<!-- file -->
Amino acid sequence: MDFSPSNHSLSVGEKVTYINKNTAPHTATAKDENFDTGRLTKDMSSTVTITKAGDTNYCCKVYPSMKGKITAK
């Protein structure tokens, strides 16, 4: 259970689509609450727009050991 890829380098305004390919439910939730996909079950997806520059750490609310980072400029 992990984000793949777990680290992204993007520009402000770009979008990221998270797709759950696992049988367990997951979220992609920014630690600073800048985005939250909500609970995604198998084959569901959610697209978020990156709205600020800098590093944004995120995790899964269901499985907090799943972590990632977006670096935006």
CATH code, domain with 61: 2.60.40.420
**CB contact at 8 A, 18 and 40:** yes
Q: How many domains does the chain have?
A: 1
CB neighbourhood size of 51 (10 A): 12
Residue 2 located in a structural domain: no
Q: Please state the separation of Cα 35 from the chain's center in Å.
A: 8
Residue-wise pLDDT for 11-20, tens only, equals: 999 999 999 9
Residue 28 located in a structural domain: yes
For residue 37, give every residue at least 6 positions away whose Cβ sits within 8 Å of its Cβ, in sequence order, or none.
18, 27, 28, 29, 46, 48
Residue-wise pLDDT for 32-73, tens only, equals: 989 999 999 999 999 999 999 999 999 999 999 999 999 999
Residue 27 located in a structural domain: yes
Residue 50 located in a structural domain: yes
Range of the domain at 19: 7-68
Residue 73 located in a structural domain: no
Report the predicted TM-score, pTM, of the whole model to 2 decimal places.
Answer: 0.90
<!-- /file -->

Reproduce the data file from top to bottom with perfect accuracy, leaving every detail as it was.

Amino acid sequence: MDFSPSNHSLSVGEKVTYINKNTAPHTATAKDENFDTGRLTKDMSSTVTITKAGDTNYCCKVYPSMKGKITAK
């Protein structure tokens, strides 16, 4: 259970689509609450727009050991 890829380098305004390919439910939730996909079950997806520059750490609310980072400029 992990984000793949777990680290992204993007520009402000770009979008990221998270797709759950696992049988367990997951979220992609920014630690600073800048985005939250909500609970995604198998084959569901959610697209978020990156709205600020800098590093944004995120995790899964269901499985907090799943972590990632977006670096935006």
CATH code, domain with 61: 2.60.40.420
**CB contact at 8 A, 18 and 40:** yes
Q: How many domains does the chain have?
A: 1
CB neighbourhood size of 51 (10 A): 12
Residue 2 located in a structural domain: no
Q: Please state the separation of Cα 35 from the chain's center in Å.
A: 8
Residue-wise pLDDT for 11-20, tens only, equals: 999 999 999 9
Residue 28 located in a structural domain: yes
For residue 37, give every residue at least 6 positions away whose Cβ sits within 8 Å of its Cβ, in sequence order, or none.
18, 27, 28, 29, 46, 48
Residue-wise pLDDT for 32-73, tens only, equals: 989 999 999 999 999 999 999 999 999 999 999 999 999 999
Residue 27 located in a structural domain: yes
Residue 50 located in a structural domain: yes
Range of the domain at 19: 7-68
Residue 73 located in a structural domain: no
Report the predicted TM-score, pTM, of the whole model to 2 decimal places.
Answer: 0.90